Friday, February 4, 2011

Weathering the storm

With the snowpocalypse attacking at least half of our nation (and also ice and freezing cold temperatures and just crazy winter weather hitting at least another third of it), it got me thinking. Not just about how much I wish Spring were here (as you could tell by my previous post), but about our characters. You know, the ones in the books we're writing. (Well, I'm assuming most of the people who read my blog are writing/have written books.)

What do these horrible storms have to do with our characters? Everything. Sort of. Okay, hang in there with me and I'll try to explain.

I asked you on Monday: what makes you love a book? For some it is the characters. For others it's really good writing, or a great, fast-paced plot. No matter what facet of a book makes you fall in love with it, I'd say (and hopefully you'll agree), that any book is only as good as its snowpocalypse. Huh? What is she rambling about now... ? And how are you supposed to add a blizzard to you book, when you're writing a story set in a tropical climate where it doesn't snow? I'm not talking about adding an actual storm to your book. I'm talking about that thing that nearly every great book has--the ultimate, shocking, horrifying, unexpected, gut-twisting "storm" the MC has to get through or overcome or survive and grow stronger from to reach the conclusion of the book. Is my strange, meandering thought process becoming clearer now? I'm talking about the trial or catastrophe or test or whatever you want to call it that gives the book it's driving force. In Harry Potter, every book had a huge confrontation at the end, usually ending up in someone's death. They tended to get progressively more intense, more powerful, and more all-encompassing as the series went on. The stakes were raised higher and higher. And every time you raise those stakes higher, (make the obstacle/trial/whatever it is harder and more unbelievably difficult to survive) the more the reader is going to care about what happens.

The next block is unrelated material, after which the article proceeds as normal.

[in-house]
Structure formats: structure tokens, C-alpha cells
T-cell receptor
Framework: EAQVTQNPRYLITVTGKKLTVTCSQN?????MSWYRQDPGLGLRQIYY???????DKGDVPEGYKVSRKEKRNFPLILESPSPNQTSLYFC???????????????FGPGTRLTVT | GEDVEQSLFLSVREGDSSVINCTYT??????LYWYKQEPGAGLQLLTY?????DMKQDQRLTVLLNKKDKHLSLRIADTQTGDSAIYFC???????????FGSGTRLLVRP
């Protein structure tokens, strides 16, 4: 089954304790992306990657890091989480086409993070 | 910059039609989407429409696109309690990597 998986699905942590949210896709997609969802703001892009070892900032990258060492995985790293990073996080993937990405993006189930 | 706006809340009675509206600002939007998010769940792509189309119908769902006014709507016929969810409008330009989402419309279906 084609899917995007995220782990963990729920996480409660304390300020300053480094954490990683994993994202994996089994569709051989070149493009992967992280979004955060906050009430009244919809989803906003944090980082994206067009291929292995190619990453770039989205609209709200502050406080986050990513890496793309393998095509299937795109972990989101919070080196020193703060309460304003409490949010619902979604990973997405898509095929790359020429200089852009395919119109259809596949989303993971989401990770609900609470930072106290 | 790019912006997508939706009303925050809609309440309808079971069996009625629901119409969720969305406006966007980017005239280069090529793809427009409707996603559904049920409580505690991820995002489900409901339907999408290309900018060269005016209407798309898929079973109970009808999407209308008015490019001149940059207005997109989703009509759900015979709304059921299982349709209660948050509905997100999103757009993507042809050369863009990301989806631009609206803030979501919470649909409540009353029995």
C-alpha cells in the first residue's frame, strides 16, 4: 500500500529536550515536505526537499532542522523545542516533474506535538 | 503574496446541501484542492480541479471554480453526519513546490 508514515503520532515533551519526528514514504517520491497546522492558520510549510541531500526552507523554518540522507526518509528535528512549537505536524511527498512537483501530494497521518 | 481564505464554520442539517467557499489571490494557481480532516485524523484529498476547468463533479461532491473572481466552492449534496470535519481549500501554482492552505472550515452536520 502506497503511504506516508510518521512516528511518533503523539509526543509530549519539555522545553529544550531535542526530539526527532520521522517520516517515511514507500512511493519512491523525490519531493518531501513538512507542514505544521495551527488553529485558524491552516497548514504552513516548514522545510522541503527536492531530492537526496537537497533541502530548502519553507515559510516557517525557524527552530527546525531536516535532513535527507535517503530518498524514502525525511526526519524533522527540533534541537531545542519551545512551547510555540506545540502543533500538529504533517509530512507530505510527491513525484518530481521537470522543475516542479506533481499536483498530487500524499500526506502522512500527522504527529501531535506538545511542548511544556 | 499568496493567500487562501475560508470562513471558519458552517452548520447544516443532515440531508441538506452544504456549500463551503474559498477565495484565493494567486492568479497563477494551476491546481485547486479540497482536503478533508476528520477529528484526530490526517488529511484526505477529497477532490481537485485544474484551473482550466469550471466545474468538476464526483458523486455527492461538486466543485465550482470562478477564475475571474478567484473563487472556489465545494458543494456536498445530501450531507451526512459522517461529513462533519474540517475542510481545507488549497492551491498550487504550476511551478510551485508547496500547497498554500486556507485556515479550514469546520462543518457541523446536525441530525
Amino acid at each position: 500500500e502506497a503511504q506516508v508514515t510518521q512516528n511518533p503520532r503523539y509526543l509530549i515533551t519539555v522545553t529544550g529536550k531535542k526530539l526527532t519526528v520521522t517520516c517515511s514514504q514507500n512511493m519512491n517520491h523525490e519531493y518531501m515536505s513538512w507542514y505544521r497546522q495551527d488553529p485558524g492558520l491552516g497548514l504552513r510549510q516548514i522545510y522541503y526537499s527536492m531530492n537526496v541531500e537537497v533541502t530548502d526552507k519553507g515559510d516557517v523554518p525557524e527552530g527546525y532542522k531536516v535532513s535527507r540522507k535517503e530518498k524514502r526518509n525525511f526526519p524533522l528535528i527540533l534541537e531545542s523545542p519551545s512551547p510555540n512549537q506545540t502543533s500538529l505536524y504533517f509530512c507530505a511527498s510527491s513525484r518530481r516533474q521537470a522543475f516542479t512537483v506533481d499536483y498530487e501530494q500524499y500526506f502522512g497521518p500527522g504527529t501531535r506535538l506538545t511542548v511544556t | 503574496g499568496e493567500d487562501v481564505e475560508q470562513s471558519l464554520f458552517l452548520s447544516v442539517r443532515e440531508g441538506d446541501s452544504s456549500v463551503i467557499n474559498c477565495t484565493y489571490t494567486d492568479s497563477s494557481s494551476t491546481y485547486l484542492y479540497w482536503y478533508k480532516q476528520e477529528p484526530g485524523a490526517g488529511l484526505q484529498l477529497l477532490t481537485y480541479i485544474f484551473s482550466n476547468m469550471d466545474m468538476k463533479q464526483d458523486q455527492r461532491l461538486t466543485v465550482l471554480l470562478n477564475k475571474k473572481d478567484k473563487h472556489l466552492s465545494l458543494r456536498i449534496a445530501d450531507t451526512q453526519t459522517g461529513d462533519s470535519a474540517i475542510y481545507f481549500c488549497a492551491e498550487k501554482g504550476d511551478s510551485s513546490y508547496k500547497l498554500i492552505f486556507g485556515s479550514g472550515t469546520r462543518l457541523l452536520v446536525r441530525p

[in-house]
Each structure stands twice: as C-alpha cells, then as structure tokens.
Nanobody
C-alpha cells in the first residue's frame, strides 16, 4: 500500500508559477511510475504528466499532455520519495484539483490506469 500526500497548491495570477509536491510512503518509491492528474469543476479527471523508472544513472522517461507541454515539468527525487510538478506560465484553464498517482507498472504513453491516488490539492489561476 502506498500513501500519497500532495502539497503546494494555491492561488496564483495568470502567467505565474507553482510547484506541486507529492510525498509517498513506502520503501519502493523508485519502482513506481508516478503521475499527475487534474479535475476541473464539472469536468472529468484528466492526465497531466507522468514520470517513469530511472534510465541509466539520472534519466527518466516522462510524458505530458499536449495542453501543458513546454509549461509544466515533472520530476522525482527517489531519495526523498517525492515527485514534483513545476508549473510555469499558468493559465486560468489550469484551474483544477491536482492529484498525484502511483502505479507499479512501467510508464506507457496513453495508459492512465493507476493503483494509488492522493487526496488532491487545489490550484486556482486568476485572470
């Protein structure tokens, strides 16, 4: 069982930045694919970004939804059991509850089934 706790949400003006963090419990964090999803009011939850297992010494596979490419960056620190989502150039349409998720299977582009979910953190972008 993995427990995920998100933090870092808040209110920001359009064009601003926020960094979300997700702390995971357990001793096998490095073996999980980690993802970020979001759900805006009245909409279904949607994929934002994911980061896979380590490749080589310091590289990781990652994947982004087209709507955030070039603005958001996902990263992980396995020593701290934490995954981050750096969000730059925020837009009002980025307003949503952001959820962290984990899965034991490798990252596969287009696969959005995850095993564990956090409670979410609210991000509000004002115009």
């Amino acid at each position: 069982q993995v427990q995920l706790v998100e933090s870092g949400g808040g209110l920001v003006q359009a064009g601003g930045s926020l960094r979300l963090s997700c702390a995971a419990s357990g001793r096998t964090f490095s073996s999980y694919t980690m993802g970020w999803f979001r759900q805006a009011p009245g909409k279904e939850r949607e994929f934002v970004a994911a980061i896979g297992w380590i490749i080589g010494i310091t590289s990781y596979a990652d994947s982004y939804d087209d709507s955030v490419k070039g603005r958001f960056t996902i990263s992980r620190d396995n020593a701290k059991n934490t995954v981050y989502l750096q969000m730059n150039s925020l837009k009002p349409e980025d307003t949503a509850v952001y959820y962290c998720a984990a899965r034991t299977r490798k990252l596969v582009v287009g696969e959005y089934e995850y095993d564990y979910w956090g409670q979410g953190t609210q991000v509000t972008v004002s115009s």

If your MC is trying to drive home in a mild blizzard, and is somewhat nervous, but hey, the roads are salted and it's not too bad... well, eh. That's okay and all, I guess. Kind of a yawn-fest. But if your MC is caught in the worst blizzard in decades, that covers half a country, and strands thousands on a major highway with snow drifts burying their cars in a matter of a few hours... Whoa. Now that's going to grab your attention and keep it. See what I mean? Make your characters have to weather some storms -- and if possible, make those storms snowpocalypses.

9 comments:

Shari said...

Excellent thoughts. It's so true. The more your character has to deal with and overcome, the more you care and root for him/her. Maybe Mattie needs more storm. I'll have to think on that.

R.S.J. said...

As the creators of our characters, it is our sacred duty to put them through hell. It's what they want.

Jen Daiker said...

I love how you made this storm into your post. This is so cool!!! I loved this post. It's important to give our characters something to work for. Snowpocalypse is something worth adding.

Happy Friday!

Elle Strauss said...

Yes, very good point. and the storm might be external or internal, but there needs to be a storm. Great post! Now, let's move on to spring inspired themes, shall we?

thepadixons said...

Great post, Sara. It really is the snowpocalypse's that make us give up good rest, clean houses, etc. because we just can't put it down until we know what happens. Now give us a post on how to build that into our stories!

ali said...

Ha! The snowpocalypse! Love it!

And who knew you could take a lesson in writing from the worst storm in decades? You're so smart!

Jemi Fraser said...

Very good plan - I like it! :)

Melissa Gill said...

That's a great analogy. I need to move my characters to KC last Wednesday, they would have been up to their necks in freezing snow.

Colene Murphy said...

Great stuff! Great point!